I’ve heard a lot of people weigh in on this one, but here are my favorites. Continue reading

Garcelle Beauvais derided for her “white twins”

by guest contributor dnA, originally published at Too Sense

There’s a lot of hating going on over at Bossip on a thread that posted the cover of Jet, featuring the gorgeous Garcelle Beauvais and her adorable twins:

(The one on the right is making a black power fist. I’m for surrious.)

Most of the hating takes the form of the “why she datin’ that white man” or “them babies is white and ugly” or “I thought they had AIDS” ect, ect. The kids better get used to it though, because just judging by the choice of wardrobe, Mrs. Beauvais-Nilon is going to be raising those kids to think of themselves as black, so they’re going to hear a lot of this:

That white man got some STRONG genes. What is he german?

And:

Not impresssed at with her ALL WHITE TWINS!!! Just what we need more white folks in this world. Pathetic!!!

Sigh.

Kelly Hu: Do Your Own Thing

by guest contributor Jennifer Fang, originally published at Reappropriate

While in Las Vegas, this weekend, I had the opportunity to interview actress Kelly Hu. This is that interview. Many thanks to Cate Park, of Asian Pacific Americans for Progress, for setting up this interview, and of course to Hu herself for agreeing to do it.

Whether portraying a deadly mutant assassin or a sensual Egyptian queen, Kelly Hu appears to be a larger-than-life character: the quintessential warrior woman. For those of us who aren’t part of the film industry, it’s easy to blur the line between reality and this entertaining fiction. I admit – when I first heard that I might have the opportunity to meet Hu during my trip to Las Vegas this weekend, part of me wondered whether she would be anything like the intimidating characters we are familiar with on-screen. Would she attempt to canvass in the chilly Nevada weather wearing the scant costume of The Scorpion King fame? Would an inappropriate remark cause her to metamorphose into the terrifying martial artist that had X2’s Wolverine shivering in his overly-tight X-Men britches? Should I be checking for mutant claws?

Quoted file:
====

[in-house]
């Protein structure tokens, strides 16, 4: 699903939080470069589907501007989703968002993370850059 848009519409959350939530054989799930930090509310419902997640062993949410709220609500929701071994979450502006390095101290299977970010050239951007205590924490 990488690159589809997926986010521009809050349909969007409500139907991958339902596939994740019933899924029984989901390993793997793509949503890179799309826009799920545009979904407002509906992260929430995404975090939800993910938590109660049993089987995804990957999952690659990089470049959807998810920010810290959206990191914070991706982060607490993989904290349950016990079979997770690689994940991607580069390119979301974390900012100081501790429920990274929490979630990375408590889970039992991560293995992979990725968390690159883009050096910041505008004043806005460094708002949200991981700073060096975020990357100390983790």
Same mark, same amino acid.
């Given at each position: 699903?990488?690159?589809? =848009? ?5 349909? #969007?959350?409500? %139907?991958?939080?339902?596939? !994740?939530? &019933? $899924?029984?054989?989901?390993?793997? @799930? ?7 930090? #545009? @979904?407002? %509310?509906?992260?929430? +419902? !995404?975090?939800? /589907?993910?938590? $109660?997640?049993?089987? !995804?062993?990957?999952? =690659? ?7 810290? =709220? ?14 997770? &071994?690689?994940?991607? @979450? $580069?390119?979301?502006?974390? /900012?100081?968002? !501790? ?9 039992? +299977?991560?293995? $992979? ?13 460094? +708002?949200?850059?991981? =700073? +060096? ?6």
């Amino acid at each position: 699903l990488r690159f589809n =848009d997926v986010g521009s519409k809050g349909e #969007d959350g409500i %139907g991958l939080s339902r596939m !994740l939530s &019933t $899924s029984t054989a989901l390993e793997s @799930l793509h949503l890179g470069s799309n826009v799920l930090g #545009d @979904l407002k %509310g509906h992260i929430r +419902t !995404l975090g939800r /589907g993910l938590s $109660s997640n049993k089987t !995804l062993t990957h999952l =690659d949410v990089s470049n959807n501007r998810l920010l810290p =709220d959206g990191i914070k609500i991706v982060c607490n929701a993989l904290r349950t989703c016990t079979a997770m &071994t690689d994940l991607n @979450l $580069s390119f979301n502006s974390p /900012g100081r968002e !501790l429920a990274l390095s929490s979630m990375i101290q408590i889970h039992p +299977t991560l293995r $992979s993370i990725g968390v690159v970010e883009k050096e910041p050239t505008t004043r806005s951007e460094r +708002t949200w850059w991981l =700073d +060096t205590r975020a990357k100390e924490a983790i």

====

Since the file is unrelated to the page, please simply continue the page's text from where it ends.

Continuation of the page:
It only took a few minutes of chatting with Hu for me to put those silly fantasies to rest. In direct contrast to the emotionally severe women she has played in her most well-known roles, Hu is warm, open, and clearly impassioned.

According to her IMDB entry, Hu is a fourth-generation Asian American of Chinese-Filipino-Hawaiian and English identity. Originally from Hawaii, Hu made a name for herself in Hollywood in the late 80’s and early 90’s as one of a limited number of female Asian American actors consistently finding roles. “There weren’t many [Asian American actresses] to choose from,” Hu notes, listing Tamilyn Tomita, Rosalind Chao and Tia Carrere among her competitors at the time. With so few actors competing for the same roles, “it was easier to get noticed.” Hu also cites her “cross-over look” as one of the reasons for her success: “I could [also] go for roles not specifically written for Asian Americans”.

With that success, Hu has ventured into political activism. In 2004, Hu recorded a PSA, still available for download at LeastLikely.com, about Asian American voter participation. And in a recent YouTube clip, Hu (along with several other notable Asian American faces) vocally supports Senator Barack Obama’s candidacy for the presidency.

I asked Hu: why Obama?

Continue reading